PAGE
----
In my recent piece on Conscious Capitalism I wondered whether the current system could be changed by maintaining some of the elements of an economics seemingly based on individualism.
The source of my concern was the recognition that revolutions generally resulted in mass destruction and violence and whether life improved afterwards was questionable. I suggested a “revolution of consciousness”—but what would that entail?
“The Four Horsemen” is not just another apocalyptic movie but a film that asks important questions about the assumptions behind our economic “system.” Is it, as we are told, based on fundamental truths or something concocted by a powerful few to perpetuate their own power?
And is the individual in a position to flourish based on his or her abilities, or constrained by a system that is rigged?
These are some of the same questions I asked my father, who was an economist in Europe before immigrating here and saw some of the same problems before he died. My dad wanted me to study economics because it is so fundamental to many of the issues we find important. But I became an English major.
Later, in reading others, like Jacob Needleman’s “Money and the Meaning of Life,” it became clear that money or currency has an energetic component that is a powerful real force in the world, and I sought to understand it more deeply. This movie helped connect many dots.
A Simplified Look At Money
But let’s simplify. Paper money began in its current form when traders in Florence needed something to exchange as value for their goods. If someone had carpets and someone had spice they could arrange a trade, but when things got more complex, they needed a currency, and money came into existence (along with the middle-men).
But the key point is that money always represented concrete value. It was generally backed by gold, until (as the movie points out) President Nixon changed that in the U.S. (President Clinton took it a step further when he allowed banks to merge with investment firms and pool their money, speculating with deposits in risky markets and issuing “financial instruments” which were not backed by value or insured against failure.)
The key point of the film is that in the last century private banks were permitted to “create money from nothing and lend it at interest.” This changed real currency to “fiat” currency. Fiat currency is money whose value is established by “decree” (Fiat) and which is not based on anything real.
This became the basis for the prevailing economic theory of men like Milton Friedman – a form of neo-economics encouraging debt, that was taken as gospel by politicians like Reagan, Bush and Nixon.
This “new economics” was an anathema to classical economists like my father who saw debt as slavery.
As the film points out, this neo classical model of Economics is based on “what ought to be” rather than on what is. More directly, the currency is no longer based on the actual resources available on the planet, but rather on what “projections” or “future” reserves might be. And money based on these fantasy models gets printed and lent out at interest forcing those who take out loans to repay mythical money created by a phony financial “industry” with real work.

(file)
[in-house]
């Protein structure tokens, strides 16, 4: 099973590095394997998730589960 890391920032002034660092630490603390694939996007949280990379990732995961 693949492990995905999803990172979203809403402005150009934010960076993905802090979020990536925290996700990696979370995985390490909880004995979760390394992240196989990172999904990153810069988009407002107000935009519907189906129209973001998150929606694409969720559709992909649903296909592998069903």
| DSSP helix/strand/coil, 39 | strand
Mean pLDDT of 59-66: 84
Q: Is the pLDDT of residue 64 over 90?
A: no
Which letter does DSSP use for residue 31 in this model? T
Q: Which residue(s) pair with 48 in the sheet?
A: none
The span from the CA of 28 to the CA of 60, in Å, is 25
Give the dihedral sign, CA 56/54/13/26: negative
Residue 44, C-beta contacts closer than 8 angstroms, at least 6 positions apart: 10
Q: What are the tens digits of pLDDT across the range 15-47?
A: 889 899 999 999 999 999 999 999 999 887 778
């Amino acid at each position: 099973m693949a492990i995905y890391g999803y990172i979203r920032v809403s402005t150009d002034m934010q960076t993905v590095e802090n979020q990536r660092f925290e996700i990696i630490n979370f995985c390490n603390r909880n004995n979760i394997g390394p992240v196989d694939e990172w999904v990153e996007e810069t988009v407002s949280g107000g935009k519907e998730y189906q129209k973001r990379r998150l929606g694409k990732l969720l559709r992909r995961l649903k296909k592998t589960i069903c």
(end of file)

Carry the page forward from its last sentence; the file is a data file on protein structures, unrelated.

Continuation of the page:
Of course under these conditions those that own actual resources –like land, water, oil and food –become very wealthy. Everyone else will struggle to create value with their labor.
In addition, as the “Confessions of an Economic Hit Man” (a site by John Perkins, who appears in the film) describes, this massive debt scam can be used to control and rape third world countries of their resources.
And of course the whole system is ultimately disastrous for our species, because pretending that resources are endless and should be owned by a privileged few means that scarcity, famine and “the four horsemen” of the apocalypse are inevitable.
Instead of “natural” capital that has real value, the film dramatizes how the world is getting “fuller” of man-made capital and emptier of natural capital.
We All Need To Take Responsibility
But it is also easy to blame “the system” for these problems. We all need to take responsibility for how we handle the issue of money. If we succumb to a consumer-driven world in which we always need more crap, we will find ourselves in debt to the forces described in the film.
Whether a political or social movement can change the way the banks operate is questionable; they also control the military and police of most of the countries in the world with a vested interest in maintaining the system. So as long as it doesn’t collapse (which would also lead to mass suffering) we are kind of stuck within it, making minor changes occasionally –but what can we do?
What Can We Do?
As the film suggests we need to “pay” attention, and there is a reason for this way of coining the phrase, because attention comes at a cost. We need to give up some of our egoism and see the big picture.
A huge part of that is not succumbing to the media onslaught dedicated to increasing our personal and collective debt under a rigged system. Even the simplistic notion of infinite “abundance” that some spiritual teachings propound is a fallacy that needs to be examined.
We need to live as though our currency does represent value and not spend beyond our means.
Many assumptions need to be questioned along these lines. For example, is going into massive debt for an “education” of real value? Or any other scam in our current system for that matter?
And our own man-made reality needs to align with the natural world because ultimately we are not beyond or outside of nature. We are part of it and must adhere to its realities. Water, air and resources are finite on this world. The expansion that has fueled the banks’ ability to create “wealth” from thin air has begun to reach its physical limit.
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